Scaevola taccada  (Gaertn.) Roxb. 1814

pronounced: skee-VOH-luh ta-KAH-duh

(Goodeniaceae —  the goodenia family)

synonym: Scaevola sericea  Vahl 1791

pronounced: skee-VOH-luh ser-ee-KEE-uh

common names: Sea Fanflower, Native Cabbage, Pipe Bush, Sea Lettuce Tree, Beach Naupaka

Scævola scaevola taccadasea fanflower scaevola taccada flower and fruitsflowers & fruits was a Roman surname meaning ‘left-handed’; taccada was Latinized from the vernacular name of the genus in Ceylon;  sericea comes from the Latin sericeus, ‘silky’. The Hawaiin common name of Naupaka is for a princess who fell in love with a commoner, Kaui, despite the fact that a member of the royalty was forbidden from marrying a commoner. There seemed to be no solution to their dilemma, so Naupaka took a flower from behind her ear, cut it in halves, and gave half to Kaui. "The gods won't let us be together," she said, "so you must go to live down by the water, while I stay up in the mountains." They separated, but, when the naupaka flowers saw how sad the lovers were, they bloomed only in half flowers.

scaevola taccada flowerflower detail scaevola taccada fruitfruits formingSea Fanflower is native to the coastal regions of northern Australia and the islands throughout the tropical Pacific and Indian oceans. It is a robust, bushy, evergreen shrub that can grow up to about 3 m tall and about the same width, with a dense, multi-branched mound of light green foliage. On Magnetic island it grows just above the high tide-line on most of our beaches, and seems to contribute to beach stabilization. Because the branches are able to root where they touch the ground, the species can be highly invasive, and it has become a troublesome weed in South Florida, where it was first reported in 1976, apparently introduced from Hawaii. It has established itself on the sand dunes of South Florida beaches, displacing local species, and has become one of the most common coastal shrubs there, often forming dense thickets.

scaevola taccada flowerripe fruit scaevola taccada under attackunder attack The leaves are large, alternate, shiny, bright green and fleshy, blunt-tipped, and up to about 20 cm long. They are much narrower than they are long, and are broader at the tip than at the base. Often the edges of the leaves roll under. The shrub flowers for most of the year: dainty, white (some with purple stripes), fan-shaped flowers with 5 petals borne in small clusters at the ends of the branches. They have an irregular shape, with all 5 petals on one side of the flower, giving them the appearance of a fan. The flowers are followed by fleshy, globular, white drupes between 1 and 2 cm in diameter. These fruits were carried on journeys to be eaten as refreshment. They tolerate sea water and can float on ocean currents for dispersal to other islands, but the seeds will germinate only with fresh water.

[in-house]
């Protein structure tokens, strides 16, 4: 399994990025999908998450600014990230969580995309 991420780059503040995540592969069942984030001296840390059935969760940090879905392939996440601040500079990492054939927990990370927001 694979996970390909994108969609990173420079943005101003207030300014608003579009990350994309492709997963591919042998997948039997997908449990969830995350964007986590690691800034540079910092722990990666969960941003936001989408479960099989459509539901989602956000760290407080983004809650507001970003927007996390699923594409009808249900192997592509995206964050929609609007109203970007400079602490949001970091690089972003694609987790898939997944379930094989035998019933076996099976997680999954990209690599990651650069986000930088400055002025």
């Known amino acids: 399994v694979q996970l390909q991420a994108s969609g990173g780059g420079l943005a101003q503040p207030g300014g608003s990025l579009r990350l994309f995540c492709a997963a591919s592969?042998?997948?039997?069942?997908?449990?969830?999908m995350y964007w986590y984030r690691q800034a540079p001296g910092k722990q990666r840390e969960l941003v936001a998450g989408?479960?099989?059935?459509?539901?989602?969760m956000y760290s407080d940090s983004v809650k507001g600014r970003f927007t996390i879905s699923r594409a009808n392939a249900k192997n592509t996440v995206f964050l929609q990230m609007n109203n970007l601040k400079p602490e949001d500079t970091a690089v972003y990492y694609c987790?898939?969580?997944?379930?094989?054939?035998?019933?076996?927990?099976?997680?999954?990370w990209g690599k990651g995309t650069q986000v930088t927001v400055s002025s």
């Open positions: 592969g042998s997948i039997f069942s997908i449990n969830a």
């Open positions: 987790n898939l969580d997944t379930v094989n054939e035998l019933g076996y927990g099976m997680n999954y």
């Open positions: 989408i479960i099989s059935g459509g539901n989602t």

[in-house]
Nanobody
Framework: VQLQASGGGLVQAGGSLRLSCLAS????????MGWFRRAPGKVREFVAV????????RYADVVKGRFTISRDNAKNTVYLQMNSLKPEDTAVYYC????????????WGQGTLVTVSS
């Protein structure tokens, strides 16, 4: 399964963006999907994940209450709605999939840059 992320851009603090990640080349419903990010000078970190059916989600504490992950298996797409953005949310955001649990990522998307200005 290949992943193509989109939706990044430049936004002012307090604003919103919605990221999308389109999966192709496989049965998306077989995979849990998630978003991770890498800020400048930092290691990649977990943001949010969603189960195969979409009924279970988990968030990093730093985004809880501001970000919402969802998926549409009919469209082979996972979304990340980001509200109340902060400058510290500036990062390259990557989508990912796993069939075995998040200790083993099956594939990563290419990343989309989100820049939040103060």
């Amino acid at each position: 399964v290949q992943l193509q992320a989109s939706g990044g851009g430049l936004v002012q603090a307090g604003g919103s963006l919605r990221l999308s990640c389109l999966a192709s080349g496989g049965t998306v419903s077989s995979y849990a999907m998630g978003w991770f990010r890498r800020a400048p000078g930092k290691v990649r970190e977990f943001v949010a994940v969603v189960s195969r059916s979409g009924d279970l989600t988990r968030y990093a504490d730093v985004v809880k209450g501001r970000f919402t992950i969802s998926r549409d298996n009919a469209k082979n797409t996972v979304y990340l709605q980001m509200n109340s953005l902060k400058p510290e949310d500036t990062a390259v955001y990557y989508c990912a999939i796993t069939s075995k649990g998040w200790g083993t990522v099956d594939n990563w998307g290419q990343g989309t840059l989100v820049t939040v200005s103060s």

Plants of this species growing on the Picnic Bay foreshore often come under severe attack from the Queensland Spotted Pyrgomorph Greyacris produndesculata, many plants being virtually denuded of leaves by these pretty grasshoppers.

The name Pipe Bush is used on Groote Eylandt off the Northern Territory. Long before European settlement of Australia, Indonesian fishermen sailed to the northern coasts of Australia to harvest sea slugs for export to China. The local Aborigines helped to dry the slugs over stone hearths, and were paid in tobacco, which they smoked in pipes made from the hollowed stems of this plant, with empty crabs’ claws inserted as bowls.

The Sea Fanflower is a very important medicinal plant to the Aborigines of the coastal regions. Sore eyes are treated with the juice squeezed from the fruits, which is also used to treat sores and tinea. Both this juice and the stem sap are used to treat stings and bites. The leaves are heated over hot stones and draped over swollen joints. On some of the Pacific Islands, the leaves and roots are used as the basis for medicines to treat stomach ache, coughs, headaches and diabetes.

In the Hawaiian Islands, the fruits or the root bark, mixed with salt, were used to treat cuts, wounds and skin diseases. Local divers rub inside their face masks with the flowers, fruits or leaves to prevent fogging, rather than saliva as is commonly done elsewhere.

In Malaysia, the pith from the branches is used for making rice paper.

The leaves can be cooked as greens, hence the names Native Cabbage and Sea Lettuce.

On some islands, pegs used in boat-building are made from the wood.

Information about medicinal qualities of plants, or about their use as medicines, is for interest only, and is not intended to be used as a guide for the treatment of medical conditions.

Photographs taken on the Picnic Bay foreshore 2008 - 2015, and in Horseshoe Bay 2013

Page last updated 6th February 2017

 

 

 

 

 

 

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